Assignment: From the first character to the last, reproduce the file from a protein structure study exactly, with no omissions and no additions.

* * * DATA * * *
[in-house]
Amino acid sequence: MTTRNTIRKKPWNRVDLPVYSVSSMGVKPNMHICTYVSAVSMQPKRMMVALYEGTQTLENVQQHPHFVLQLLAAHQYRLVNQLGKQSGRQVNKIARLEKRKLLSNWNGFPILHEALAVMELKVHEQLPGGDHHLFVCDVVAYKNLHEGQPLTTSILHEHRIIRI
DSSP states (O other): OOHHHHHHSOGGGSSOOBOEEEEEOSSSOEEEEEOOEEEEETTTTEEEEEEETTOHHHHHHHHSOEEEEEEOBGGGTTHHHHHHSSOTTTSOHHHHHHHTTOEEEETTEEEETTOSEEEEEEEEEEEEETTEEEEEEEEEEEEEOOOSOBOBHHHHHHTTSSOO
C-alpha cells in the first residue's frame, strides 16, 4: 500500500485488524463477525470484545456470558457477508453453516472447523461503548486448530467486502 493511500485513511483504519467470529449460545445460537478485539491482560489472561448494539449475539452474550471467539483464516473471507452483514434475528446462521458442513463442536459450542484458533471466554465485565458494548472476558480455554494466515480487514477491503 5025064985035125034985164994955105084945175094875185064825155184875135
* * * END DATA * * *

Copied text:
[in-house]
Amino acid sequence: MTTRNTIRKKPWNRVDLPVYSVSSMGVKPNMHICTYVSAVSMQPKRMMVALYEGTQTLENVQQHPHFVLQLLAAHQYRLVNQLGKQSGRQVNKIARLEKRKLLSNWNGFPILHEALAVMELKVHEQLPGGDHHLFVCDVVAYKNLHEGQPLTTSILHEHRIIRI
DSSP states (O other): OOHHHHHHSOGGGSSOOBOEEEEEOSSSOEEEEEOOEEEEETTTTEEEEEEETTOHHHHHHHHSOEEEEEEOBGGGTTHHHHHHSSOTTTSOHHHHHHHTTOEEEETTEEEETTOSEEEEEEEEEEEEETTEEEEEEEEEEEEEOOOSOBOBHHHHHHTTSSOO
C-alpha cells in the first residue's frame, strides 16, 4: 500500500485488524463477525470484545456470558457477508453453516472447523461503548486448530467486502 493511500485513511483504519467470529449460545445460537478485539491482560489472561448494539449475539452474550471467539483464516473471507452483514434475528446462521458442513463442536459450542484458533471466554465485565458494548472476558480455554494466515480487514477491503 5025064985035125034985164994955105084945175094875185064825155184875135